Do both steps in one: \[z=\dfrac{32-30.68}{5.97} = 0.22\]
\end{enumerate}
\end{example}
\begin{proc}{z-score}
The $z$-score is the number of standard deviations that a particular data point falls above or below the mean.\\
To find the $z$-score for a particular data point, subtract the mean and divide the answer by the standard deviation:
\[z = \dfrac{x-\overline{x}}{s}\]
\end{proc}
\vfill
\pagebreak
What good are $z$-scores? The first application is in comparing data points in different data sets.
\begin{example}{Comparing Test Scores}
Scores on the SAT and ACT are normally distributed:
\begin{center}
\begin{tabular}{l l l}
Test & Mean & Std. Deviation\\
\hline
SAT & 500 & 100\\
ACT & 18 & 6
\end{tabular}
\end{center}
You score 550 on the SAT and 24 on the ACT. On which test did you have a better score, relative to everyone else who took the test?\\
The $z$-scores for each test score are
\[z_{SAT} = 0.5 \hspace{0.5in} z_{ACT} = 1\]
Since the ACT score is a whole standard deviation above the mean, and the SAT score is only half a standard deviation above the mean, the ACT score is relatively better.
\end{example}
\subsection{Empirical Rule}
Another application is the Empirical Rule. This rule applies to data sets for which the histogram is \textbf{symmetric} and \textbf{bell-shaped}:
\begin{center}
\includegraphics[width=3in]{NormHistogram_Kierano}
\end{center}
\begin{center}
\begin{tikzpicture}
\begin{axis}[
no markers, domain=-4:4, samples=100,
axis lines*=none,
hide y axis,
every axis y label/.style={at=(current axis.above origin),anchor=south},
every axis x label/.style={at=(current axis.right of origin),anchor=west},
height=5cm, width=12cm,
xtick=\empty, ytick=\empty,
enlargelimits=false, clip=false, %axis on top,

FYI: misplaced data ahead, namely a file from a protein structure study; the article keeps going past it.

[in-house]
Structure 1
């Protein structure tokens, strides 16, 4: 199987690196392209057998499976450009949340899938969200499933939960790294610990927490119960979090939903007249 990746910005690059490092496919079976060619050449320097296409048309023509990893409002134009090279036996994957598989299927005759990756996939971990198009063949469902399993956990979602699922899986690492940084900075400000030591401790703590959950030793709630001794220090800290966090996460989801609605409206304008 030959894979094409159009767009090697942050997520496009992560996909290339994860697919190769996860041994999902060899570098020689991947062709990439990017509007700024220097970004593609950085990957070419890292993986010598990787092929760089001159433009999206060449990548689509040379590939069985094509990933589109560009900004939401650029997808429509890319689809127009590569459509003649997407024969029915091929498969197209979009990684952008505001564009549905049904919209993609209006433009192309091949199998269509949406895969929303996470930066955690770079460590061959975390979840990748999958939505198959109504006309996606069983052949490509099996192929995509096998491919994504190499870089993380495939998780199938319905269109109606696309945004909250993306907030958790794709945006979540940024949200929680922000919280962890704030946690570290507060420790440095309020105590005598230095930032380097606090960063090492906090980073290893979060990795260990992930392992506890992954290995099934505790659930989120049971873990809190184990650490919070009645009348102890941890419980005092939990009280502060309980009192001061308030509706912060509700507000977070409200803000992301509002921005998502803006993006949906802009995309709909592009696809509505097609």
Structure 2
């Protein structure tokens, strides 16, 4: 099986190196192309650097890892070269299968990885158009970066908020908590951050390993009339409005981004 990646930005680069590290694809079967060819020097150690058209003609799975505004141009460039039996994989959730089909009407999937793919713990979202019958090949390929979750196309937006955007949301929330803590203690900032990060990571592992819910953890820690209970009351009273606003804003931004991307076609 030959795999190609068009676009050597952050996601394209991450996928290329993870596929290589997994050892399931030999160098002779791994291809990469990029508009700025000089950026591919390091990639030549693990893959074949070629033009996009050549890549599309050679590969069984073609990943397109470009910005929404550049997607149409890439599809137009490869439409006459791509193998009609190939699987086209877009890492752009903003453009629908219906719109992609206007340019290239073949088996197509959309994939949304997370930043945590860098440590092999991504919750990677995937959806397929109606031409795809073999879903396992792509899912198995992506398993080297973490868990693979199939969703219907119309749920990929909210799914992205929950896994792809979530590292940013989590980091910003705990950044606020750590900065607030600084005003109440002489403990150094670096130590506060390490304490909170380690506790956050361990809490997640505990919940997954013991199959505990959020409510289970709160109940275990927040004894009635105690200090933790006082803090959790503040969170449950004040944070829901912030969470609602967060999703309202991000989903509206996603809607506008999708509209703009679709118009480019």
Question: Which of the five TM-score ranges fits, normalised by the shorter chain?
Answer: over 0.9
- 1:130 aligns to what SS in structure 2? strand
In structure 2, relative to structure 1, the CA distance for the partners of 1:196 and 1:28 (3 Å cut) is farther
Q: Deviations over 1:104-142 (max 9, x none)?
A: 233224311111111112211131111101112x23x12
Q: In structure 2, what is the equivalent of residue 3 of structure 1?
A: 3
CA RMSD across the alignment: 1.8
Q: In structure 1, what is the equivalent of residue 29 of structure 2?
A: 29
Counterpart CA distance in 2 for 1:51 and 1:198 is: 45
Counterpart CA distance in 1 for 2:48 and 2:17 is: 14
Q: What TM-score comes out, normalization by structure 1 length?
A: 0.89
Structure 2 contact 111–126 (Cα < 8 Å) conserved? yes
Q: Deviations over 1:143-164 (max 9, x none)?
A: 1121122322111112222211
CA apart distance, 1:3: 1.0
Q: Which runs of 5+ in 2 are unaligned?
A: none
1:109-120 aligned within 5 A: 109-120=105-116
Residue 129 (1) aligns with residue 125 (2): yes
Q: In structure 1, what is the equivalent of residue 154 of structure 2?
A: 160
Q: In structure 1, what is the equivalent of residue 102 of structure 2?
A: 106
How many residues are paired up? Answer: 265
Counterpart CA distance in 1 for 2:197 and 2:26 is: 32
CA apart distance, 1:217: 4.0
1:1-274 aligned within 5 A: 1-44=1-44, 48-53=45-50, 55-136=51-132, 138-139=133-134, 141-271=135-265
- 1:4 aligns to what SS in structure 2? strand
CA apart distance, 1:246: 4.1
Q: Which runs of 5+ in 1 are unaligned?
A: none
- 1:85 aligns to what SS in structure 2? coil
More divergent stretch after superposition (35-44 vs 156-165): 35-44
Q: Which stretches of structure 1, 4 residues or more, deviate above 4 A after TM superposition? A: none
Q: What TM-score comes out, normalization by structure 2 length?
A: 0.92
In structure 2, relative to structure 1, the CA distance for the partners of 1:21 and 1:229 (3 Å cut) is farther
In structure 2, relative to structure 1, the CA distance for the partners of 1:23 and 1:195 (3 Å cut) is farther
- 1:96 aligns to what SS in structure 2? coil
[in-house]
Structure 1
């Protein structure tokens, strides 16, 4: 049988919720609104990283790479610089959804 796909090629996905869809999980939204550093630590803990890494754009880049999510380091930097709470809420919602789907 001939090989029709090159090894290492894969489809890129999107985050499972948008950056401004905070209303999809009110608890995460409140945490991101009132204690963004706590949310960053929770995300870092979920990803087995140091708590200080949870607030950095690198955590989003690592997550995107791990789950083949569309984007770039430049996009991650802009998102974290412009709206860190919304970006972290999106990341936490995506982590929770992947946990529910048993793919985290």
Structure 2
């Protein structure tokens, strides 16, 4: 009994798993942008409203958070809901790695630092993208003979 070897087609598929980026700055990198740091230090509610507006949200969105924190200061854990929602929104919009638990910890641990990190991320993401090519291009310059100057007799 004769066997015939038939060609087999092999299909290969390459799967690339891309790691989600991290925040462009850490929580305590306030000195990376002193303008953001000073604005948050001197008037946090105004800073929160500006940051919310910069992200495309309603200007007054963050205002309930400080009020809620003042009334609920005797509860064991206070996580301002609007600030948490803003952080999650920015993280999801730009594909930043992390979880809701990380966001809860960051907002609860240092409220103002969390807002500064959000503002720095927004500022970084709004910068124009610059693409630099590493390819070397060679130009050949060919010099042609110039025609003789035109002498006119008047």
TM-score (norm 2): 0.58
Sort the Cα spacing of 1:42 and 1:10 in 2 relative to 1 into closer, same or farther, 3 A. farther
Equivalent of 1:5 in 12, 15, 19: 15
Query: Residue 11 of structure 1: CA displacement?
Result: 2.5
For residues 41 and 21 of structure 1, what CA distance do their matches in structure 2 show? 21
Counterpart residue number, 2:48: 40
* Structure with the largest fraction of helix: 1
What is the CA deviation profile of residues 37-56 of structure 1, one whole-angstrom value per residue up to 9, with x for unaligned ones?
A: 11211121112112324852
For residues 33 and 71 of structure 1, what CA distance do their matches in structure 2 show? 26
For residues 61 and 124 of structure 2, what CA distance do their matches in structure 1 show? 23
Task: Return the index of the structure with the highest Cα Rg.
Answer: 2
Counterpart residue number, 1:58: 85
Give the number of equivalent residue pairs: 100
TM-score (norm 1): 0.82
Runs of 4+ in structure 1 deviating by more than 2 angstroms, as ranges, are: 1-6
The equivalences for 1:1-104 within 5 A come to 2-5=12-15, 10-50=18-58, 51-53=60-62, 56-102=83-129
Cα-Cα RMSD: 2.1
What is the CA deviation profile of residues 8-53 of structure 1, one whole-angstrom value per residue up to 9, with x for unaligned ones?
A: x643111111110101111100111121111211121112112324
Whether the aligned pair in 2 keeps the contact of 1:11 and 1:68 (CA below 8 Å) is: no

%grid = major
]
\addplot [very thick,cyan!50!black] {gauss(0,1)};
\end{axis}
\end{tikzpicture}
\end{center}
\begin{proc}{The Empirical Rule}
\begin{itemize}
\item Approximately 68\% of the data is within \textbf{one} standard deviation of the mean.
\item Approximately 95\% of the data is within \textbf{two} standard deviations of the mean.
\item Approximately 99.7\% of the data is within \textbf{three} standard deviations of the mean.
\end{itemize}
\begin{center}
\begin{tikzpicture}
\begin{axis}[
no markers, domain=-4:4, samples=100,
axis lines*=none, xlabel=$x$,
hide y axis,
every axis y label/.style={at=(current axis.above origin),anchor=south},
every axis x label/.style={at=(current axis.right of origin),anchor=west},
height=5cm, width=12cm,
xtick={-3,-2,-1,0,1,2,3}, ytick=\empty,
xticklabels={$\mu-3\sigma$,$\mu-2\sigma$,$\mu-\sigma$,$\mu$,$\mu+\sigma$,$\mu+2\sigma$,$\mu+3\sigma$},
enlargelimits=false, clip=false, %axis on top,
grid = major
]
\addplot [fill=cyan!20, draw=none, domain=-1:1] {gauss(0,1)} \closedcycle;
\addplot [fill=yellow!20, draw=none, domain=-2:-1] {gauss(0,1)} \closedcycle;
\addplot [fill=yellow!20, draw=none, domain=1:2] {gauss(0,1)} \closedcycle;
\addplot [fill=green!20, draw=none, domain=-3:-2] {gauss(0,1)} \closedcycle;
\addplot [fill=green!20, draw=none, domain=2:3] {gauss(0,1)} \closedcycle;
\addplot [very thick,cyan!50!black] {gauss(0,1)};
\draw [yshift=2.5cm, latex-latex](axis cs:-1,0) -- node [fill=white] {68\%} (axis cs:1,0);
\draw [yshift=1.5cm, latex-latex](axis cs:-2,0) -- node [fill=white] {95\%} (axis cs:2,0);
\draw [yshift=0.5cm, latex-latex](axis cs:-3,0) -- node [fill=white] {99.7\%} (axis cs:3,0);
\end{axis}
\end{tikzpicture}
\end{center}
Note that this diagram uses $\mu$ for the population mean (as opposed to $\overline{x}$ for the sample mean) and $\sigma$ for the population standard deviation (as opposed to $s$ for the sample standard deviation).
\end{proc}
This will come back later when we study the \textbf{Normal Distribution}.
\subsection{Chebyshev's Rule}
This rule applies to any data set, regardless of whether or not it is symmetric and bell-shaped.\\
\begin{proc}{Chebyshev's Rule}
\begin{itemize}
\item At least 75\% of the data is within \textbf{two} standard deviations of the mean.
\item At least 89\% of the data is within \textbf{three} standard deviations of the mean.
\end{itemize}
\end{proc}